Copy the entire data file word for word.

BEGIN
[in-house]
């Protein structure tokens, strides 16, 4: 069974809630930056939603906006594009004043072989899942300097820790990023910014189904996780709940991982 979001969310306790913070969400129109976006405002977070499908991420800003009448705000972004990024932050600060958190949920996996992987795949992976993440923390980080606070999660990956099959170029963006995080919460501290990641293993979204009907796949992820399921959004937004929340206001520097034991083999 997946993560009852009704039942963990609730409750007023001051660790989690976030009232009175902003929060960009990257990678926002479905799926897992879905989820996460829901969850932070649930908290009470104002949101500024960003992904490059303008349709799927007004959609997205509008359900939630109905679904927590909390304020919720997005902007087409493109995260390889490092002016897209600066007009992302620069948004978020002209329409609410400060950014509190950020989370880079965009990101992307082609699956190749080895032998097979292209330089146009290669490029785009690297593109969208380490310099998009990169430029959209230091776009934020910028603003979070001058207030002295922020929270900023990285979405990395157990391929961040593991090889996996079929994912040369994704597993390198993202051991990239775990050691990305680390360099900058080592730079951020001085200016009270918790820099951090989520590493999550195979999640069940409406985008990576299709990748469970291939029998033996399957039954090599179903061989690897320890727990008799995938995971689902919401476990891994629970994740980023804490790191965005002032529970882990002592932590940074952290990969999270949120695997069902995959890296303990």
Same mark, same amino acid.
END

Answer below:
[in-house]
């Protein structure tokens, strides 16, 4: 069974809630930056939603906006594009004043072989899942300097820790990023910014189904996780709940991982 979001969310306790913070969400129109976006405002977070499908991420800003009448705000972004990024932050600060958190949920996996992987795949992976993440923390980080606070999660990956099959170029963006995080919460501290990641293993979204009907796949992820399921959004937004929340206001520097034991083999 997946993560009852009704039942963990609730409750007023001051660790989690976030009232009175902003929060960009990257990678926002479905799926897992879905989820996460829901969850932070649930908290009470104002949101500024960003992904490059303008349709799927007004959609997205509008359900939630109905679904927590909390304020919720997005902007087409493109995260390889490092002016897209600066007009992302620069948004978020002209329409609410400060950014509190950020989370880079965009990101992307082609699956190749080895032998097979292209330089146009290669490029785009690297593109969208380490310099998009990169430029959209230091776009934020910028603003979070001058207030002295922020929270900023990285979405990395157990391929961040593991090889996996079929994912040369994704597993390198993202051991990239775990050691990305680390360099900058080592730079951020001085200016009270918790820099951090989520590493999550195979999640069940409406985008990576299709990748469970291939029998033996399957039954090599179903061989690897320890727990008799995938995971689902919401476990891994629970994740980023804490790191965005002032529970882990002592932590940074952290990969999270949120695997069902995959890296303990």
Same mark, same amino acid.